Episode 031 sees Ernest Shackleton head south in a dodgy ship, short on funds and with a flea in his ear from Scott, but manages to get a lot done and get everyone home safely.
Lots of firsts but the south pole remains unclaimed and, with two teams alleging they made it to the north pole, becomes even more alluring.
Douglas Mawson, Aenaes Mackintosh and John King Davis make their Antarctic entrances while Frank Wild and Ernest Joyce make their second forays south.
The hut at Cape Royds.
Professor Philip Samartzis of the Royal Melbourne Institute of Technology becomes the first artist interviewed for the series and discusses why and how he headed south for the sake of his art.
You can hear some of his work here and here. I’ll post updates here as I hear word of the publications and performances mentioned in the interview.
Professor Samartzis with one of his recording arrays.
Photography, sledging, hypothermia, frostbite and snow blindness have been getting a lot of mentions in episodes addressing the heroic age and I thought it high time these things be given some attention, as they’re not leaving the narrative anytime soon and I don’t want anyone left in the dark regarding photo-keratitis.
Dr Jacinda Amey is one of New Zealand’s hardest case people and I was privileged to spend time with her at Scott Base in 2005. Another Radio Tuna interview that never went anywhere is resurrected.
I normally knock out just under an hour of content a month. It’s cheap in terms of hosting and it keeps me from feeling pressured to use up all the storage available at the next tier in the hosting plan.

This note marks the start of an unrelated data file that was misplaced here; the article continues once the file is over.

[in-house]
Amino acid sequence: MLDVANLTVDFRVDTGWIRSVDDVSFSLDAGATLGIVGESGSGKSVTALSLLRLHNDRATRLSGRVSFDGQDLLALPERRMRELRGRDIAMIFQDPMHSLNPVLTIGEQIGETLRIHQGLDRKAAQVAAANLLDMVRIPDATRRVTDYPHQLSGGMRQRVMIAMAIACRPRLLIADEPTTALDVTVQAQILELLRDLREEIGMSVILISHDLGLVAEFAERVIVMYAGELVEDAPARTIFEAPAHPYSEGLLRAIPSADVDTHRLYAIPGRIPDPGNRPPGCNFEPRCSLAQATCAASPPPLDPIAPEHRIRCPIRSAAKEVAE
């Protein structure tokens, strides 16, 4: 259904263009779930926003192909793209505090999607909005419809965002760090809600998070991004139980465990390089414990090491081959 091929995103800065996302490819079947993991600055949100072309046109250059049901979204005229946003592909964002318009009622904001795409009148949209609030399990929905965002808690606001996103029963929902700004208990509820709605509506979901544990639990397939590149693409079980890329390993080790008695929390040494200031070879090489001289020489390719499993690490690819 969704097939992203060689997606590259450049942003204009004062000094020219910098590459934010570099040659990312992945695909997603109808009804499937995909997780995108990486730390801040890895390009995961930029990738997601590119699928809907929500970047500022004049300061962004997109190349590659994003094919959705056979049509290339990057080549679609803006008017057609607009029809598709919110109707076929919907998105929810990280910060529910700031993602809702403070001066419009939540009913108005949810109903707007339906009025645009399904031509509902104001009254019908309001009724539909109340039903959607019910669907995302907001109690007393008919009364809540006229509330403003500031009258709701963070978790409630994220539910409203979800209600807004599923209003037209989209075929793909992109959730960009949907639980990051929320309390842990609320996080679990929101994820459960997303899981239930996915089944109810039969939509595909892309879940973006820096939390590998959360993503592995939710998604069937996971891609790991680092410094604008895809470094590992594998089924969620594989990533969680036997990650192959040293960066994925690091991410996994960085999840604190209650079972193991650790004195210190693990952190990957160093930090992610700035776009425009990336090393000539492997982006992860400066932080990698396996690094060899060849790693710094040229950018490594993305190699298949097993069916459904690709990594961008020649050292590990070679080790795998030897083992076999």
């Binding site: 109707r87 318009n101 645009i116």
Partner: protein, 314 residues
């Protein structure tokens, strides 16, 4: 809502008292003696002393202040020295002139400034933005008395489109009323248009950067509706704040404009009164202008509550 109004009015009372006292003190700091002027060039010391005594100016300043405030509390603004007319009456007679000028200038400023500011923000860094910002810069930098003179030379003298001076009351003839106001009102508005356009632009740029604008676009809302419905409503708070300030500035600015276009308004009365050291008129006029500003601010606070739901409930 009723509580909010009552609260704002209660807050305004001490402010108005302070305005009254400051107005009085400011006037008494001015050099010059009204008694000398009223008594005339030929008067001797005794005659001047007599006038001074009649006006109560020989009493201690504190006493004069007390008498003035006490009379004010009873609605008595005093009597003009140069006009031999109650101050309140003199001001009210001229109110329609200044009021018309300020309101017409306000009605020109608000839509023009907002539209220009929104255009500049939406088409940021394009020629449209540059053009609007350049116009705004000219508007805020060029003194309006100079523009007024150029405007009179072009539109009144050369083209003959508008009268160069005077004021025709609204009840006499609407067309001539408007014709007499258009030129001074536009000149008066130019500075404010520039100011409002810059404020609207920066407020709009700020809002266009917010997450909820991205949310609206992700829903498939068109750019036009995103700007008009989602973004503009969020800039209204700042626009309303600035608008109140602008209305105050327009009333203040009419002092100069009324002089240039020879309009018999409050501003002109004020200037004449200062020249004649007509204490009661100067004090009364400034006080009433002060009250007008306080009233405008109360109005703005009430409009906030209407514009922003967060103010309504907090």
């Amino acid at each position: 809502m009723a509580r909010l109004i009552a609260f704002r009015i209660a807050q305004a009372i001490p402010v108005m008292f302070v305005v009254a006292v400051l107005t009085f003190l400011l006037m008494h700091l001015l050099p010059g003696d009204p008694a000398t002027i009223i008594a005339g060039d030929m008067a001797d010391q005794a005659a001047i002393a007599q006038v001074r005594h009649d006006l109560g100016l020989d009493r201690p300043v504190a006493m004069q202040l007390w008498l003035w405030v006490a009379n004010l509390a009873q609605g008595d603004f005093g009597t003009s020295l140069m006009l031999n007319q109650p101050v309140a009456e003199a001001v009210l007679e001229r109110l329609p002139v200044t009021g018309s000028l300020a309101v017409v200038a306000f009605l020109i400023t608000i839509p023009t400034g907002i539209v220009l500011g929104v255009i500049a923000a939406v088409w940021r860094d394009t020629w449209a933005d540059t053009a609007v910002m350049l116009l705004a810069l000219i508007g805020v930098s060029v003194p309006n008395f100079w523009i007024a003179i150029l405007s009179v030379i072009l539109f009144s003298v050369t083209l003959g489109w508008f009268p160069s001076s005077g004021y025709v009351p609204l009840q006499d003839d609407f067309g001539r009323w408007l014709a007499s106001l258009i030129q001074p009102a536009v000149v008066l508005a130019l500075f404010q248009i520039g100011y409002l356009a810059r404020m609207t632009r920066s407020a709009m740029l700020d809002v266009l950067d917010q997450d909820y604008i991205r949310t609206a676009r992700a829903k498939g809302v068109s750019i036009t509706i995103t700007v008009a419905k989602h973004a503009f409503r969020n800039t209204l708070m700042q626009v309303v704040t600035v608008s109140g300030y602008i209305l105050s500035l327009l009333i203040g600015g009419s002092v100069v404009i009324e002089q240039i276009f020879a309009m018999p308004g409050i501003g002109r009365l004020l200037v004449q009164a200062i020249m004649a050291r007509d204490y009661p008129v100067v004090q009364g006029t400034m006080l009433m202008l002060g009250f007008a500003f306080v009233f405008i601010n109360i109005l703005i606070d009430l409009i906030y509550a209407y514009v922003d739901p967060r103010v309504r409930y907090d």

With episode 028 blowing out beyond the one hour mark no matter how tightly I edited it, I treated myself to a month at that next tier and kicked out some extra material I had up my sleeve just because I could, but the unexpected and interesting outcome of this month of langurously soaking up the luxury on offer at this level of hosting plan is that I get greater granularity in statistics about downloads. Where I thought I had about two hundred listeners all downloading the most recent one or two episodes a month, it seems I have nearer one hundred regulars and the rest of the count arises from a small number of new listeners downloading the whole series and large number of people downloading select episodes.
I can understand episode 001 getting more attention than others, as people give it a try and find the series not to their tastes, but I don’t understand the popularity of some of the others. Why is episode 016 getting twice the average downloads? I think it’s a good episode but I don’t see why it stands out month after moth. Why is episode 005 the second most downloaded per month, over the past six months, other than the most recent content? Why is episode 002 the most downloaded overall, with twice the attention given to episode 001 and sustained high monthly downloads that outstrip episode 005?
This tier has opened my eyes to unexpected patterns with strong signals but I’m damned if I can explain them.
Jean Baptiste Charcot heads south, in yet another ship named after a place, looking for adventure, science and Swedes.
Good food, good wine and inadequate heating and propulsion characterised life aboard the Francais but the French got a lot done, showed their mettle in a miserable display of hard as nailsness, and came home with all hands. Trotters, on the other hand,…